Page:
Phantoms in the Brain – Sandra Blakeslee & V. S. Ramachandran ****
“What causes a wide range of strange mental behaviours?” asks the author at the start of the book. Traditionally many of these would have been put down as being “just madness”, but as we come to know more of how the brain works we can start to see physical reasons for the strange perceptions and behaviours.
I was a little uncertain about V. S. Ramachandran’s response to a question he says he often gets asked – “When are you brain scientists ever going to come up with a unified theory of how the mind works?” They are looking for a sort of brain version of general relativity and Newton’s laws, he suggests, and that won’t happen yet, as we are more at the descriptive Michael Faraday point in the history of brain science, rather than the Maxwell’s equations stage, where things get more quantified and tied down. Ramachandran has a point, but surely the real answer is because the brain isn’t a fundamental building block of nature – it’s a bit like asking when is there going to be a unified theory of the automobile engine, or the computer – it just doesn’t mean anything.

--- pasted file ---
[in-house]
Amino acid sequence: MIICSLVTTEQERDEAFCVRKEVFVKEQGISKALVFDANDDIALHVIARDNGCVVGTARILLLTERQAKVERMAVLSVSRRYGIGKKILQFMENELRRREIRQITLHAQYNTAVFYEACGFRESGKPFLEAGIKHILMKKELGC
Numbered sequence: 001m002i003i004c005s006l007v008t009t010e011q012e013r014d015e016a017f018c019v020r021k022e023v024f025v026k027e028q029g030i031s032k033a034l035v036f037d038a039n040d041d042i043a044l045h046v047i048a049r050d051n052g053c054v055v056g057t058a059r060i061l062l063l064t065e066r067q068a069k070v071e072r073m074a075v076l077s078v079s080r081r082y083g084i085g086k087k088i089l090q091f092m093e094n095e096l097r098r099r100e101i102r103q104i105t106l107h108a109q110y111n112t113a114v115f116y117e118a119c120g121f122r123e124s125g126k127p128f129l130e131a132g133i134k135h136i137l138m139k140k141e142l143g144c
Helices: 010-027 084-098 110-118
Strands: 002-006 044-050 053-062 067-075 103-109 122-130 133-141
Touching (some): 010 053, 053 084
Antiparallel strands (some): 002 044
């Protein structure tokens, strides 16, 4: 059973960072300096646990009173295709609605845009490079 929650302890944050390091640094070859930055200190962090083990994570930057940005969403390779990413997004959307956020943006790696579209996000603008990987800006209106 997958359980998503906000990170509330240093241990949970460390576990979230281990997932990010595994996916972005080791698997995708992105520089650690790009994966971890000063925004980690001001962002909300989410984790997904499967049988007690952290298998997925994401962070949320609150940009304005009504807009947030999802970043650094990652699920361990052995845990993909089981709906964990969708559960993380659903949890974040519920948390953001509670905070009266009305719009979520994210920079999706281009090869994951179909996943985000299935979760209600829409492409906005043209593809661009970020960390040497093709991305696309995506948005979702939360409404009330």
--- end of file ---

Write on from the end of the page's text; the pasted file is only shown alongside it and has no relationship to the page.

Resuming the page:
That aside, however, this is a totally fascinating exploration of the brain starting from different problems with the mind and linking them back to the technical problem in the brain. It’s fluently written and carries you forward all the time. I was a little concerned about a brief excursion into new ageism – finding that the mind can influence the body doesn’t mean that we have to abandon “Western thinking” or look for some new mystical union of science and Eastern philosophy – it just means that the mind can influence the body. But that apart it was great reading all the way.
I suspect Ramachandran was very wise in teaming up with science writer Sandra Blakeslee in producing this book. All too often scientists produce frustratingly impenetrable “popular” science books because they just don’t have the skill to get the message across well. The result here has been to make this book read extremely well – it’s just a pity, perhaps that Blakeslee has been so sidelined in the presentation of the book (you can hardly see her name on the cover). You expect this to happen when someone ghost authors a celebrity’s “autobiography”, but not in a science book.
Overall, then, a very successful exploration of the brain through its failings that might make those who find mental problems disturbing wince, but otherwise is packed with insight.